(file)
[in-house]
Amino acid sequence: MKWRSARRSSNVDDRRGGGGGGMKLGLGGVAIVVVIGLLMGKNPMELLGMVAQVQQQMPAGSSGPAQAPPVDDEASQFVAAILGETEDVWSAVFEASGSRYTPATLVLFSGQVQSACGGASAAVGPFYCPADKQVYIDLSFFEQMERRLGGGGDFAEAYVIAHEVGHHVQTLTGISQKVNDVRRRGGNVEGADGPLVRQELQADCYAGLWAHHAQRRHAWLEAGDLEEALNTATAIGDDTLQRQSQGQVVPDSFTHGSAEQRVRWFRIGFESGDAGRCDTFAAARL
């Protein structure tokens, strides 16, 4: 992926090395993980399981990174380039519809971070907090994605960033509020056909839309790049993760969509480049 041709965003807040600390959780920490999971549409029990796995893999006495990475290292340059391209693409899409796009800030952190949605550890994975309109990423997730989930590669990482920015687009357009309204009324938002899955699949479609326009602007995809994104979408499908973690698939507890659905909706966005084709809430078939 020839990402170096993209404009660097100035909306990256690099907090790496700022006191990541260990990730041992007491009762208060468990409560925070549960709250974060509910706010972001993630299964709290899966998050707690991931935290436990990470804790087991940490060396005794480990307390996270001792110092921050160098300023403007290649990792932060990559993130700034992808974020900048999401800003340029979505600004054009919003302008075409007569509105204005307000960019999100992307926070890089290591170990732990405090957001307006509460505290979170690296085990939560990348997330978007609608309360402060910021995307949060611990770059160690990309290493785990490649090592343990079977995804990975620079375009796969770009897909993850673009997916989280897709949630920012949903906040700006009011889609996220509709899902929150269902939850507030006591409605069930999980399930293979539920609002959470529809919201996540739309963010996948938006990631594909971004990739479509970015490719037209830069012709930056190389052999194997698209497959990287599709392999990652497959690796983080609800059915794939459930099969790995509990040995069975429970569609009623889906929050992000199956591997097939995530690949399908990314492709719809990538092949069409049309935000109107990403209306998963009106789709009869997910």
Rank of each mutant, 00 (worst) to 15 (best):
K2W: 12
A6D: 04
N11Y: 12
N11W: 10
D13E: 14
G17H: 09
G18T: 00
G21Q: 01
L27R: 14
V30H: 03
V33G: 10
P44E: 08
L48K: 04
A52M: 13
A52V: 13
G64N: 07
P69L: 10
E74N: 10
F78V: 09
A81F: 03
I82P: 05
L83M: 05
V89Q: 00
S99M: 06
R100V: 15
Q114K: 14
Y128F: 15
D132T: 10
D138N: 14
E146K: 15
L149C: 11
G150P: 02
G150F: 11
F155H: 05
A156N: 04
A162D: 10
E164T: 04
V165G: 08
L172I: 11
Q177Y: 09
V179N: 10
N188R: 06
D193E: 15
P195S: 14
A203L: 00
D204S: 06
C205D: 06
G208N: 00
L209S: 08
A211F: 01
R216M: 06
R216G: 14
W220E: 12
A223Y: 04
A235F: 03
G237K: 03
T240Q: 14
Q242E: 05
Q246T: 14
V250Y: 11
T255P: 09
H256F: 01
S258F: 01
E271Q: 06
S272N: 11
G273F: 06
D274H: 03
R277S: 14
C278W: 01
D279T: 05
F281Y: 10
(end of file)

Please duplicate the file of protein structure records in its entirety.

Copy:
[in-house]
Amino acid sequence: MKWRSARRSSNVDDRRGGGGGGMKLGLGGVAIVVVIGLLMGKNPMELLGMVAQVQQQMPAGSSGPAQAPPVDDEASQFVAAILGETEDVWSAVFEASGSRYTPATLVLFSGQVQSACGGASAAVGPFYCPADKQVYIDLSFFEQMERRLGGGGDFAEAYVIAHEVGHHVQTLTGISQKVNDVRRRGGNVEGADGPLVRQELQADCYAGLWAHHAQRRHAWLEAGDLEEALNTATAIGDDTLQRQSQGQVVPDSFTHGSAEQRVRWFRIGFESGDAGRCDTFAAARL
């Protein structure tokens, strides 16, 4: 992926090395993980399981990174380039519809971070907090994605960033509020056909839309790049993760969509480049 041709965003807040600390959780920490999971549409029990796995893999006495990475290292340059391209693409899409796009800030952190949605550890994975309109990423997730989930590669990482920015687009357009309204009324938002899955699949479609326009602007995809994104979408499908973690698939507890659905909706966005084709809430078939 020839990402170096993209404009660097100035909306990256690099907090790496700022006191990541260990990730041992007491009762208060468990409560925070549960709250974060509910706010972001993630299964709290899966998050707690991931935290436990990470804790087991940490060396005794480990307390996270001792110092921050160098300023403007290649990792932060990559993130700034992808974020900048999401800003340029979505600004054009919003302008075409007569509105204005307000960019999100992307926070890089290591170990732990405090957001307006509460505290979170690296085990939560990348997330978007609608309360402060910021995307949060611990770059160690990309290493785990490649090592343990079977995804990975620079375009796969770009897909993850673009997916989280897709949630920012949903906040700006009011889609996220509709899902929150269902939850507030006591409605069930999980399930293979539920609002959470529809919201996540739309963010996948938006990631594909971004990739479509970015490719037209830069012709930056190389052999194997698209497959990287599709392999990652497959690796983080609800059915794939459930099969790995509990040995069975429970569609009623889906929050992000199956591997097939995530690949399908990314492709719809990538092949069409049309935000109107990403209306998963009106789709009869997910």
Rank of each mutant, 00 (worst) to 15 (best):
K2W: 12
A6D: 04
N11Y: 12
N11W: 10
D13E: 14
G17H: 09
G18T: 00
G21Q: 01
L27R: 14
V30H: 03
V33G: 10
P44E: 08
L48K: 04
A52M: 13
A52V: 13
G64N: 07
P69L: 10
E74N: 10
F78V: 09
A81F: 03
I82P: 05
L83M: 05
V89Q: 00
S99M: 06
R100V: 15
Q114K: 14
Y128F: 15
D132T: 10
D138N: 14
E146K: 15
L149C: 11
G150P: 02
G150F: 11
F155H: 05
A156N: 04
A162D: 10
E164T: 04
V165G: 08
L172I: 11
Q177Y: 09
V179N: 10
N188R: 06
D193E: 15
P195S: 14
A203L: 00
D204S: 06
C205D: 06
G208N: 00
L209S: 08
A211F: 01
R216M: 06
R216G: 14
W220E: 12
A223Y: 04
A235F: 03
G237K: 03
T240Q: 14
Q242E: 05
Q246T: 14
V250Y: 11
T255P: 09
H256F: 01
S258F: 01
E271Q: 06
S272N: 11
G273F: 06
D274H: 03
R277S: 14
C278W: 01
D279T: 05
F281Y: 10